Canada and other NATO countries must do more to counter Russia’s growing and ever-evolving cyber threats, says the head of the North Atlantic Treaty Organization. ”This is a constantly evolving threat, and we have to constantly adapt,” NATO’s Jens Stoltenberg told CBC Radio’s The House at the Halifax International Security Forum. Stoltenberg says the digital threats come in many forms, and can target anybody. “In some ways, every country is a neighbour of Russia because [a] cyber [threat] recognizes no borders, so you might also say that Canada is a neighbour of Russia,” Estonia’s Defence Minister Jüri Luik told The House in Halifax. That digital proximity, Luik argued, means Canada should not be surprised if Russia attempts to interfere in the 2019 federal election.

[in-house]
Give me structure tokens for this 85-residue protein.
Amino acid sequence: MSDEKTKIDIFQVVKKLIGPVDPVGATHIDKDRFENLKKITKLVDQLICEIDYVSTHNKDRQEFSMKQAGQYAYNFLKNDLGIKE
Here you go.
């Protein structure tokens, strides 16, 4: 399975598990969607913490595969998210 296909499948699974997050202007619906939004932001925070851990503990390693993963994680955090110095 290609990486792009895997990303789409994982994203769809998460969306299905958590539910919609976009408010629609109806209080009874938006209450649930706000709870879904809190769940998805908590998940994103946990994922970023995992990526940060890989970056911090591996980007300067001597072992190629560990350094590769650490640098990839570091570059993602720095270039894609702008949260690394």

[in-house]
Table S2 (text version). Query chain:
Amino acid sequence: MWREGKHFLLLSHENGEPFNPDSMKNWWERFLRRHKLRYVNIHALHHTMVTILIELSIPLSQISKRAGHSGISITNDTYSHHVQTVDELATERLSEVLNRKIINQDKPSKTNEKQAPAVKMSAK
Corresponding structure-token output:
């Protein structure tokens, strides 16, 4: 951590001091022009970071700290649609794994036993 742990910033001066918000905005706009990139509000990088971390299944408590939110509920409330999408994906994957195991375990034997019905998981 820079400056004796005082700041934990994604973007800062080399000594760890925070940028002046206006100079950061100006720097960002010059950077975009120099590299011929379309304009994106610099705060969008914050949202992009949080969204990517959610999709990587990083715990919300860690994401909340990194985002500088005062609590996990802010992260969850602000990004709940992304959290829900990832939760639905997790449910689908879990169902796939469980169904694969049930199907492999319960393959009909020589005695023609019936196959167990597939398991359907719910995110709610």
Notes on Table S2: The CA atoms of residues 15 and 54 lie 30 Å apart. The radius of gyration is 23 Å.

“There’s no doubt at the moment that we’re dealing with a Russian government who has a very aggressive approach towards the West. It’s not only the Baltic states, but really, if you look at what’s happening in other countries, in big allied countries, interference in elections, in various referenda, I mean, this is a very aggressive hybrid approach towards the West at large,” he added.
“This is not a game, this is serious stuff.”
Canada’s electronic spy agency has already warned that online attempts to influence or undermine the country’s electoral process are on the increase — and that steps must be taken to counter the efforts.